An object of the present invention is to ensure that equal quantities of coolant will flow through the parallel-connected tubes, channels or pipes.
Accordingly, another object of the present invention is to provide a heat protection garment comprising, at least one manifold having walls defining a mixing chamber, at least one header having walls defining a mixing chamber, a plurality of coolant tubes connecting the manifold and header mixing chambers, at least one coolant supply conduit connected to the manifold mixing chamber at a location spaced from the coolant tubes, at least one coolant discharge conduit connected to the header mixing chamber at a spaced location from the coolant tubes, and a plurality of parallel rows of connecting pieces extending across the manifold and header mixing chambers between the coolant tubes and the coolant conduits respectively. The ratio, in each of the manifold and header, of a number of coolant tubes to the number of rows of connecting pieces to the number of coolant conduits being approximately 12 to 3 to 1. With the ratio in each of the manifold and header of the distance between adjacent parallel rows to the length of each connecting piece of each row to the spacing between each connecting piece in each row being approximately equal to 1 to 3 to 1.
Another object of the invention is to provide such a garment wherein the walls defining the mixing chambers in the header and manifold include at least two opposite parallel walls, the conduit tubes connected to one of these opposite walls and the at least one coolant conduit connected to the other of the opposite walls and extending parallel thereto.
This advantageous and simple solution assures uniform flow through all coolant tubes. The design of the mixing chamber according to the stated conditions furthermore guarantees identical conditions in the coolant before the individual connection of the coolant tubes.
Yet the division of the mixing chamber by the connecting pieces arranged in rows does not lead to disturbing increases in resistance for the flowing coolant.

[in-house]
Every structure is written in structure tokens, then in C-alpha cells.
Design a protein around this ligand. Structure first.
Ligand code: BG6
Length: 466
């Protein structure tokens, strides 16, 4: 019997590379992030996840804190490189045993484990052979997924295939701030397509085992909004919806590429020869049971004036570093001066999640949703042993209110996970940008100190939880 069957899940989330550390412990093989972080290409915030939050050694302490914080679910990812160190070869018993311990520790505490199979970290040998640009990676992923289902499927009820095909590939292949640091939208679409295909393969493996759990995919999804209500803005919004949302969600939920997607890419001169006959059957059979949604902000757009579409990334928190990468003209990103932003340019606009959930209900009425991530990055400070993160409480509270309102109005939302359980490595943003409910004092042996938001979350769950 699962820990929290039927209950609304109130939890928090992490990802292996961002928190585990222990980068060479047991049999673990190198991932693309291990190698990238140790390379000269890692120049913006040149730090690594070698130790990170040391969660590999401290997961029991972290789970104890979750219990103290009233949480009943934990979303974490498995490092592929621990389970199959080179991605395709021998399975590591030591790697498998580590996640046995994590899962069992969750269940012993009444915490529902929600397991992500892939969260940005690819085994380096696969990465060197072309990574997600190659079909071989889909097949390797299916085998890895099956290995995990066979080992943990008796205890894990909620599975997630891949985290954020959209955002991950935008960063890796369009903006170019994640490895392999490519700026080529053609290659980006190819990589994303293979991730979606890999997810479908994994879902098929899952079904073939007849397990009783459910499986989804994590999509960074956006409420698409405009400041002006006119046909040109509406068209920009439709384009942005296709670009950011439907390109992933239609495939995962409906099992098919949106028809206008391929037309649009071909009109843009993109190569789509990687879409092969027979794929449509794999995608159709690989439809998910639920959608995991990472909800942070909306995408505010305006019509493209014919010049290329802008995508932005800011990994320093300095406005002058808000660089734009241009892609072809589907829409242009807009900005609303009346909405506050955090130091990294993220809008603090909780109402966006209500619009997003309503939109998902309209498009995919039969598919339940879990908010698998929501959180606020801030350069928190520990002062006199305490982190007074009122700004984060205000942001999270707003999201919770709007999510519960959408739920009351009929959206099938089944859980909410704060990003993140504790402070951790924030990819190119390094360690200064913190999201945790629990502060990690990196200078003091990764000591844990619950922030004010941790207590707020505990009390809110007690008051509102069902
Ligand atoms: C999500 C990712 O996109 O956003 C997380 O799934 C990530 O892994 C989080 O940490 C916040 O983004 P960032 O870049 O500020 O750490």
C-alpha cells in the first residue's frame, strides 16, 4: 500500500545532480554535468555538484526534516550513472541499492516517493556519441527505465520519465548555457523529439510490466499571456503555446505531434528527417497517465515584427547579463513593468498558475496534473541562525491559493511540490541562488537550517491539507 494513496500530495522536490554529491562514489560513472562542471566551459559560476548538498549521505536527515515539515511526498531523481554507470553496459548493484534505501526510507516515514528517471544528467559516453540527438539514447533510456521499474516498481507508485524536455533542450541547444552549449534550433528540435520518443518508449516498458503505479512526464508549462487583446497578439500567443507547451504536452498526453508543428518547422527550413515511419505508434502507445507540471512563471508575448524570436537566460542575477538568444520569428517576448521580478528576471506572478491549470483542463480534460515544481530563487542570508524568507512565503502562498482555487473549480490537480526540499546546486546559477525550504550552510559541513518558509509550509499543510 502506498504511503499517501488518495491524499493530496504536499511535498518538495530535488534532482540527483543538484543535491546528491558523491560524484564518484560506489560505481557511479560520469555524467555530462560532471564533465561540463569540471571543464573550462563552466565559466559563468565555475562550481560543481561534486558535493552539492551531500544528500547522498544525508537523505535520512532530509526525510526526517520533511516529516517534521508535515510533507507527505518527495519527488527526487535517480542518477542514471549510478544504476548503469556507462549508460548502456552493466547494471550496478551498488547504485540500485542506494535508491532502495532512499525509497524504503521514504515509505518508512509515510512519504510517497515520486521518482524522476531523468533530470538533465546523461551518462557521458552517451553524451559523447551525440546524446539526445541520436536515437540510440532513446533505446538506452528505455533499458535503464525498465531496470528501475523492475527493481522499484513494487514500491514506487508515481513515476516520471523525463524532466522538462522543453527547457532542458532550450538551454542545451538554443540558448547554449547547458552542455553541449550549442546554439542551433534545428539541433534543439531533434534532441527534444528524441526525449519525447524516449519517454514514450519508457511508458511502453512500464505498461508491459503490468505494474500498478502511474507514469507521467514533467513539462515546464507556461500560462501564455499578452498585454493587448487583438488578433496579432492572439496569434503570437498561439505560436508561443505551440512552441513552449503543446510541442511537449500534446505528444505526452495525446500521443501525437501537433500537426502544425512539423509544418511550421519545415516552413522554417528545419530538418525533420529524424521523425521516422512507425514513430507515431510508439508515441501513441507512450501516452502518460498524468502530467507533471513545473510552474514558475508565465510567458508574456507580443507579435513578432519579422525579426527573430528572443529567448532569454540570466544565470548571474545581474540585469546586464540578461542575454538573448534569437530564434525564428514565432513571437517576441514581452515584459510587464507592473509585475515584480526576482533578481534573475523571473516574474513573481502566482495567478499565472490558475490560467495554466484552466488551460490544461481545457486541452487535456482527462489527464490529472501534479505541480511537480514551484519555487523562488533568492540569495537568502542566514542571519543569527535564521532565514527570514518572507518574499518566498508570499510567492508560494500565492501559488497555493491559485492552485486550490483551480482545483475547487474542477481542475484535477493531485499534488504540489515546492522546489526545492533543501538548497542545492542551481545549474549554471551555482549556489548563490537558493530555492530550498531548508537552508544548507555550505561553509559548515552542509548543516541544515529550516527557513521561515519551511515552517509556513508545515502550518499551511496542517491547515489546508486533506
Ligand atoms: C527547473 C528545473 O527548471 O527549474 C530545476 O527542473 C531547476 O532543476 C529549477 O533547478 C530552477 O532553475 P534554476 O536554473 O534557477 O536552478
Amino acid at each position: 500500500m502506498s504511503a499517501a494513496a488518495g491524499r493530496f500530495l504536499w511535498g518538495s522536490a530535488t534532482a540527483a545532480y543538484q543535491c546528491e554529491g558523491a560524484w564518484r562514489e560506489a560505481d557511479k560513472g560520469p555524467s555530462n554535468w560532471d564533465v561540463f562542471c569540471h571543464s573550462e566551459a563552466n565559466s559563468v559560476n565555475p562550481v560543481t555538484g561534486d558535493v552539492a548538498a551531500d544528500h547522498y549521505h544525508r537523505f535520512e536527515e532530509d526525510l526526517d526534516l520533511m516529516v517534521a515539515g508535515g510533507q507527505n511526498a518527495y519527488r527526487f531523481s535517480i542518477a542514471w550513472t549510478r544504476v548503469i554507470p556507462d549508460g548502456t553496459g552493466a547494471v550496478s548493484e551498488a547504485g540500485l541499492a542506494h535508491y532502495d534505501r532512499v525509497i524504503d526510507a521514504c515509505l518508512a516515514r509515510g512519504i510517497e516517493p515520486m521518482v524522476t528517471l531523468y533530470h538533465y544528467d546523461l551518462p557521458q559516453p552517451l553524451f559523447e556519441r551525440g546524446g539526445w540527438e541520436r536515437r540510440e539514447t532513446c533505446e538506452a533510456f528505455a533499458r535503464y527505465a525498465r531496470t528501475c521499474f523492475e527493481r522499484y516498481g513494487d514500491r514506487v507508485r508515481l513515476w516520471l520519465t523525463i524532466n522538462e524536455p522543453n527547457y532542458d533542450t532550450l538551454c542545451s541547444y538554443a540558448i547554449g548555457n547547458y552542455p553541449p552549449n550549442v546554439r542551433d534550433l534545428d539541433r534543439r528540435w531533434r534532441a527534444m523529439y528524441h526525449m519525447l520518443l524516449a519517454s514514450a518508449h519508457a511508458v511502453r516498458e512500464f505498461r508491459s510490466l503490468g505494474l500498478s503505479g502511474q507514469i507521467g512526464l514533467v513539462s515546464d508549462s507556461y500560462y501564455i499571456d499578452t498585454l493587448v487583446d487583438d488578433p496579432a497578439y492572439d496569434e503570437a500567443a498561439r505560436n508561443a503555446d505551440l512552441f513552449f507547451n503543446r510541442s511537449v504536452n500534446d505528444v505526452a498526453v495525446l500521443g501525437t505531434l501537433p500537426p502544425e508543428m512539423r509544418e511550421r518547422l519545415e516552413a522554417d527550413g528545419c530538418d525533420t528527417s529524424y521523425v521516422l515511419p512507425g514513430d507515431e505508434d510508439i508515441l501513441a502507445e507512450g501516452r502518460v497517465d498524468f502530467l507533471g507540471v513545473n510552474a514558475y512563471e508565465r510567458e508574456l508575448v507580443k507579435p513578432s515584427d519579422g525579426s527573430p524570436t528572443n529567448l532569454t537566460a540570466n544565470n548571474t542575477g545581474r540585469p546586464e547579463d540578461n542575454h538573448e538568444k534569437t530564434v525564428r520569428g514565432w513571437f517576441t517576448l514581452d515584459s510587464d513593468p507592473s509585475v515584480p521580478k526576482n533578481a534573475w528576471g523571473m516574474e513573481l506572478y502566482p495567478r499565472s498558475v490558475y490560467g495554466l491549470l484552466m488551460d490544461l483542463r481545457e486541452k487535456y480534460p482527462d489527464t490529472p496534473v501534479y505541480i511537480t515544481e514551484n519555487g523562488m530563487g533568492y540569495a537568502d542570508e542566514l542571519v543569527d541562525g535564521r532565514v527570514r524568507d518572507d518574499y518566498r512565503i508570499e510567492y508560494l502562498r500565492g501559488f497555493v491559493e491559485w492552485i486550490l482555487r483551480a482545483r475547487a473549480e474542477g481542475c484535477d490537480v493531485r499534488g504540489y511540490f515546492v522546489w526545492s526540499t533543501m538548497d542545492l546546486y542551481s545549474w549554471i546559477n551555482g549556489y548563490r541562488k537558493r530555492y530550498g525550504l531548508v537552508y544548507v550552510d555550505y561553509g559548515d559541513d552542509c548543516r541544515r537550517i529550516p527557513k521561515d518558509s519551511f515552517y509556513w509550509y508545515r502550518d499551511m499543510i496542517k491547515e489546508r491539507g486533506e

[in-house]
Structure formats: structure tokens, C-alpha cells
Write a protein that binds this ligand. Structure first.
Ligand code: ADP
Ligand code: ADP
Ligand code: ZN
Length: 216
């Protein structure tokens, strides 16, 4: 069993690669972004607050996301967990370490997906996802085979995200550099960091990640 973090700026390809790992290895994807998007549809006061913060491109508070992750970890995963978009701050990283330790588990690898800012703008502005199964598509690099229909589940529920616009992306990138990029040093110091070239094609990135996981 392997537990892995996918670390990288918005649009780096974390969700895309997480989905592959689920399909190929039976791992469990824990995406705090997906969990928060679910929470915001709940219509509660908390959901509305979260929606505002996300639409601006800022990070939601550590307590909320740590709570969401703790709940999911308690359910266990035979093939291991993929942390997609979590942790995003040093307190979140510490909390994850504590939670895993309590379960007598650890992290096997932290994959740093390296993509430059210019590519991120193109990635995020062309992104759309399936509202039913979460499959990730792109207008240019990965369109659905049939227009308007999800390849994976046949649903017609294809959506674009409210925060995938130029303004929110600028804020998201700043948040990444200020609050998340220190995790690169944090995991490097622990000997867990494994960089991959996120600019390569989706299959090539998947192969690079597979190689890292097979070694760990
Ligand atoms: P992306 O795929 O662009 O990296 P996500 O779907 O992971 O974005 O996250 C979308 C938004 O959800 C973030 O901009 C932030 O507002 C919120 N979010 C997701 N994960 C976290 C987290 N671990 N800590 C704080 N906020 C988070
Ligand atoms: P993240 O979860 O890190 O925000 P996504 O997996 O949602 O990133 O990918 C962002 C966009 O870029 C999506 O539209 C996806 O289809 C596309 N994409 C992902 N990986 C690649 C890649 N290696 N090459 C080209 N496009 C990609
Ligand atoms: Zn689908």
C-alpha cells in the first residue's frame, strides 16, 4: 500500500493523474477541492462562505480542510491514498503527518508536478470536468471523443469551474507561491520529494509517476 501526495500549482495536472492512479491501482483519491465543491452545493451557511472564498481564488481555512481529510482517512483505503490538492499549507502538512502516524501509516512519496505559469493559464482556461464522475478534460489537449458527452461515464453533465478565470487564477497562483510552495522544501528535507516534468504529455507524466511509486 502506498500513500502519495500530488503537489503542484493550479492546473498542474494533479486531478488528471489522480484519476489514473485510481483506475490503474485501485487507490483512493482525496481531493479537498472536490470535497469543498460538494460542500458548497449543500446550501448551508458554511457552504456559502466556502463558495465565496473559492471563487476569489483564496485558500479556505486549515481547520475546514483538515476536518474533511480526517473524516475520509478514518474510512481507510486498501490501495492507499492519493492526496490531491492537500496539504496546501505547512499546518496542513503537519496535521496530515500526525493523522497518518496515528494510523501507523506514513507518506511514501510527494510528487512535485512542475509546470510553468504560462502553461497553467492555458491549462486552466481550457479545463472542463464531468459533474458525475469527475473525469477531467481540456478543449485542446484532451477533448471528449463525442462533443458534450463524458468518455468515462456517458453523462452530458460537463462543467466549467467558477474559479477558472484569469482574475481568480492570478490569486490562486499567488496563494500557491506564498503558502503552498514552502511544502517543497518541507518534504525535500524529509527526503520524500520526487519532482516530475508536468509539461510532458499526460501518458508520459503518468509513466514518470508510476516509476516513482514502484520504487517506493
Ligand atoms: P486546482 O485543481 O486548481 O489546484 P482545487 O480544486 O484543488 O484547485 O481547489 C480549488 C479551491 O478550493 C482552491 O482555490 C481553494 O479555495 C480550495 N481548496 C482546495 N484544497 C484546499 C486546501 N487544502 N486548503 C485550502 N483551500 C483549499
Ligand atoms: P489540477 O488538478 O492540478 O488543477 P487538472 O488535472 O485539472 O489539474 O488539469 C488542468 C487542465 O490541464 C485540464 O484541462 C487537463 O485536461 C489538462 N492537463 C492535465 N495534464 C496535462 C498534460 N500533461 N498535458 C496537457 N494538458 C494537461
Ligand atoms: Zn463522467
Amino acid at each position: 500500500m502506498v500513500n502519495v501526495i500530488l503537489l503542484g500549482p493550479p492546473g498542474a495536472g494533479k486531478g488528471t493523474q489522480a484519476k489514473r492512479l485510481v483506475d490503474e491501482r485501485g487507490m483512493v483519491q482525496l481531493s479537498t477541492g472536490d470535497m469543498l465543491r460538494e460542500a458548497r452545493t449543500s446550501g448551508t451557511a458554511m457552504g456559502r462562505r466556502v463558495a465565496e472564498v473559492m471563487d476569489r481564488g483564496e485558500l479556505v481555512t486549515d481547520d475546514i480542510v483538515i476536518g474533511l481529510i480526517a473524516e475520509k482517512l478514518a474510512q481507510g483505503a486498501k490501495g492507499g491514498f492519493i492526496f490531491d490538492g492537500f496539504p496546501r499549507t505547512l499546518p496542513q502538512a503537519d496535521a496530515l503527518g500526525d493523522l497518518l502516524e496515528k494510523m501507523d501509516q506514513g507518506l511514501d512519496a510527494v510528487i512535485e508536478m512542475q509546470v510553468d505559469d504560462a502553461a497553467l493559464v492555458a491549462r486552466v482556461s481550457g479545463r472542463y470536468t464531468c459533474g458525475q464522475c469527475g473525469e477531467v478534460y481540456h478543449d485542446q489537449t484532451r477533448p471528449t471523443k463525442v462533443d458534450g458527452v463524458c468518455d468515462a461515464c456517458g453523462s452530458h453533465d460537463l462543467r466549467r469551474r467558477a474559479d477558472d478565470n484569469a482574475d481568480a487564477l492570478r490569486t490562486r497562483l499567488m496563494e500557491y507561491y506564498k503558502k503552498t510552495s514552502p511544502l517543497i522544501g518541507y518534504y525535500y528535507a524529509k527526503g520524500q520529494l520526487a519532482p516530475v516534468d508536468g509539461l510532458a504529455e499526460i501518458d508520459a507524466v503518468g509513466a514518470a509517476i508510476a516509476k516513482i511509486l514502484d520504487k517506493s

A still further object of the this invention is to construct the mixing chambers of flexible foils with the connecting pieces welded between the foils. An object of the invention is also to provide a garment wherein the manifold is substantially identical to the header with coolant flowing in opposite directions in the manifold and header. The construction of the inventive device from foils is marked by a high flexibility and hence good wearing comfort.
Another object of the invention is to provide such a garment wherein the coolant discharge and supply conduits are arranged in the mixing chambers at a level of the median axis of the mixing chambers for flow parallel to one of the opposite end walls of each of the mixing chambers. The pro-rated space requirement for the manifolds and headers can thus be further reduced where this is desirable.
A still further object of the invention is to provide a heat protection garment which is simple in design, rugged in construction and economical to manufacture.
The various features of novelty which characterize the invention are pointed out with particularity in the claims annexed to and forming a part of this disclosure. For a better understanding of the invention, its operating advantages and specific objects attained by its uses, reference is made to the accompanying drawings and descriptive matter in which a preferred embodiment of the invention is illustrated.
In the drawings:
FIG. 1 is an elevational view of a heat protection garment according to the invention; and
FIG. 2 is a sectional view of a manifold or header according to the invention.
Referring to the drawing in particular the invention embodied therein, in FIG. 1, is a heat protection suit 1 equipped with coolant tubes 2. The coolant tubes 2 start at manifolds 3 and end in headers 4. According to FIG. 1, the manifolds 3 are located at the arms and legs and the headers 4 at the body center, that is, at the waist. The manifolds 3 and headers 4 may also be arranged oppositely or in still other ways. The manifolds 3 and headers 4 are of identical design, only the coolant conduction or flow in opposite. What will be said below concerning the manifold 3 applies analgously to the header 4.